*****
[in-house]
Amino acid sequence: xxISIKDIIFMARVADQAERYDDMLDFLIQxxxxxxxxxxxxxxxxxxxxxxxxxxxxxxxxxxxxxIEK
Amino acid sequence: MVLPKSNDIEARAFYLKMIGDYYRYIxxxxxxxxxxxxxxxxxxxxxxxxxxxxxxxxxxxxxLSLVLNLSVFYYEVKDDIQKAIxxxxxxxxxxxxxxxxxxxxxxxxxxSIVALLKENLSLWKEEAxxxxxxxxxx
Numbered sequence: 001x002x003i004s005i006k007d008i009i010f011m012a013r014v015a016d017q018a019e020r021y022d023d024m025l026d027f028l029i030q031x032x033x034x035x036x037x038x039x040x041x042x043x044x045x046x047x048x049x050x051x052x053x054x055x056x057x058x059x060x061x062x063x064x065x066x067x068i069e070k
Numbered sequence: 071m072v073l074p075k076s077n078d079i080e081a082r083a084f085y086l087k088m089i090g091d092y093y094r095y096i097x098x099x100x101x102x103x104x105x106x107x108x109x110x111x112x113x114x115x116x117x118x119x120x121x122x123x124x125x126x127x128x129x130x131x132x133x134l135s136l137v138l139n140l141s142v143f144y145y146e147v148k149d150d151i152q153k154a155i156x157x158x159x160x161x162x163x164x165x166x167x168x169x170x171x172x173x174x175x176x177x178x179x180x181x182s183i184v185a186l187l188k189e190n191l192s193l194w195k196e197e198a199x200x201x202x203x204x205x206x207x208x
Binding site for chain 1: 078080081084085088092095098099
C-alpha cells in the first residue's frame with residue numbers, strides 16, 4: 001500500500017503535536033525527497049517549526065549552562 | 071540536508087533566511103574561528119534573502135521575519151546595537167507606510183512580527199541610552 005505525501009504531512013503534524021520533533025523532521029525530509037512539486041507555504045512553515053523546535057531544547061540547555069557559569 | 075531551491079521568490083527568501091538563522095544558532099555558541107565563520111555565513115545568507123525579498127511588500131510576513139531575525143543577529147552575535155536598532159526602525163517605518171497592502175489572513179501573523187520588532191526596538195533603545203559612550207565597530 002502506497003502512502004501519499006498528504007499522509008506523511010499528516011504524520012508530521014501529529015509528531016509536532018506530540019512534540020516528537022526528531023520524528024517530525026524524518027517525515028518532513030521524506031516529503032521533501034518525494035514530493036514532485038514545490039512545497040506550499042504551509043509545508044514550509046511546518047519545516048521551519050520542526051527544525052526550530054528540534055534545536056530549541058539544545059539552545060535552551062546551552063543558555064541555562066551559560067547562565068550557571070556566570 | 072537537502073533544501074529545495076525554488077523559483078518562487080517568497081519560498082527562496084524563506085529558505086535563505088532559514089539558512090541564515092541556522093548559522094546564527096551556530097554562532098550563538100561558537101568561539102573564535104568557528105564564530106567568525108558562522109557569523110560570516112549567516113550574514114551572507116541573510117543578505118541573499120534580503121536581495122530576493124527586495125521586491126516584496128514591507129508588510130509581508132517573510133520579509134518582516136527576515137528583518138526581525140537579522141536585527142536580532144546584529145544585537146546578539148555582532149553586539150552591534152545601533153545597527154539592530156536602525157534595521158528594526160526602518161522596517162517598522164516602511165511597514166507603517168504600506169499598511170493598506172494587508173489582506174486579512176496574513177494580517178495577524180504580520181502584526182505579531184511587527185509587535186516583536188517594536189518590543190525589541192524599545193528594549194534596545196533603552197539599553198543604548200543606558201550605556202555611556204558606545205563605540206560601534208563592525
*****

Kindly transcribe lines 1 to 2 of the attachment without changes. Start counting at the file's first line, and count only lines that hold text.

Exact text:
[in-house]
Amino acid sequence: xxISIKDIIFMARVADQAERYDDMLDFLIQxxxxxxxxxxxxxxxxxxxxxxxxxxxxxxxxxxxxxIEK